Saturday, March 21, 2009

Maholm Mah-velous; Bullpen Brutal

* Paul Maholm was all that again, going 6 frames and shutting down the Reds on three hits. He's given up one run in 19-2/3 spring innings; hopefully Maholm's bottling his performance for the regular season.

The pen was handed a 6-0 lead to hold for three innings. The final ended up 6-5, and the bases were juiced with Cincy runners when the last out was finally recorded. Aye carimba!

Matt Capps gave up a two-run homer, but he was working on his slider during his inning. His change-up was looking good, but he left a pitch over the plate, maybe a slider or meatball heater, and Jay Bruce drove it over the wall, across the parking lot, and into the next practice field.

Jesse Chavez gave up three more in the eighth. His stuff is nasty, but where it's going is anybody's guess, and an Anderson Machado boot at the hot corner didn't help his cause.

Then it was Craig Hansen's turn. He struck out the first batter, got the second on a weak bouncer, and then walked the next three Reds, two after being ahead 1 and 2 in the count. Hansen then ran up a three-one count on Joey Votto, but he swung through a heater that was up and took a borderline curve for strike three.

It looked on the tube as if he was just overthrowing; maybe he's trying too hard to impress. But it kills his delivery, as pointed out by Jeff Brantley, who shared the mic with Greg Brown on a FSN split-feed. It was kinda interesting to get the views of other team's talking heads on the Pirate players.

Hey, let's hope they're just going through their dead arm period.

The hitters looked sharp against Homer Bailey and Jeff Kennard, scoring six times. They banged out five extra base hits, including homers by Nate McLouth and Ramon Vazquez. Ryan Doumit went 3-for-3 with a double, and Freddy Sanchez added a single and walk.

Nyjer Morgan continued to look lost at the dish, going 0-for-3 with a short sac fly. On the other side of the coin, Brian Bixler had another hit, and his average is up to .342. He's put himself back on the Pirate map, and if the suits decide to keep two middle infielders on the 25-man roster, he may well come north with the team.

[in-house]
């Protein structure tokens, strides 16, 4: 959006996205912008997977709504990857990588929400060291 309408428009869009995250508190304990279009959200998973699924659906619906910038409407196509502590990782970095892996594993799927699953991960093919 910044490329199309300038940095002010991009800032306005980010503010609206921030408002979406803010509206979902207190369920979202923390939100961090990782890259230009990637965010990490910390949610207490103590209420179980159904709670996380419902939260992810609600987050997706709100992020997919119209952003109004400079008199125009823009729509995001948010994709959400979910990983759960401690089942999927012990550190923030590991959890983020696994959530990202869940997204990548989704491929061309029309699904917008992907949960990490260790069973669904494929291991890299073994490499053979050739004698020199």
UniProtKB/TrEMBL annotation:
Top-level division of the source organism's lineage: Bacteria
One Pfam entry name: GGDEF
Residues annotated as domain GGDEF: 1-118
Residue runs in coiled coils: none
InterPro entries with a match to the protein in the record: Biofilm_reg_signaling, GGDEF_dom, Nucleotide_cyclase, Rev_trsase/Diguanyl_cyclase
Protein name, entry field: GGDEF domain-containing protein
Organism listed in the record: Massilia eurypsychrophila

Tomorrow afternoon is the rematch at Bradenton, with Ian Snell making the start for Pittsburgh. The Reds will counter with Aaron Harang.

* The draft is months away, but the Scott Boras saber-rattling is already hard at work. According to Ben Nicholson-Smith of Major League Trade Rumors:

ESPN's Peter Gammons heard that top amateur pitcher Stephen Strasburg and his agent, Scott Boras, could demand $50M over six years if he's selected first overall by the Nationals in the June draft. If the Nationals pick Strasburg and seem unwilling to pay him as much as he wants, Boras could threaten to send the prospect to pitch in Japan for a year. If the Nats are scared off, the Mariners and Padres are next in line for Strasburg.

So how could an amateur player get away with these lofty demands? Strasburg has struck out 74 and walked only seven in the 34.1 innings he's pitched for San Diego State and scouts rave about his stuff.

Sure, the Bucs are willing to deal with another Scott Boras client - probably when there's ice-skating in Hades. And who can blame them?

If a cap ever comes about, it will because of guys like Boras. The draft is supposed to be the great equalizer in baseball, but if it's left to the machinations of agents like him, only the big market teams will be able to play and the gap between the haves and have-nots will become an abyss, if it isn't already.

And forget a Boras client signing a long-term deal early in his career to cover a year or two or free agency as the Pirates like to do; Boras thinks the players are being robbed, according to Michael Silverman of the Boston Herald. He may have a point; an agent always is looking for the next payday, not necessarily security or "cost-certainy."

Hey, the guy does a great job for his A-list clients. But as for the business and game of baseball, well, we think he's not so useful. But he'll be the first to say that he didn't build the system; he just works it.

And therein lies the problem.

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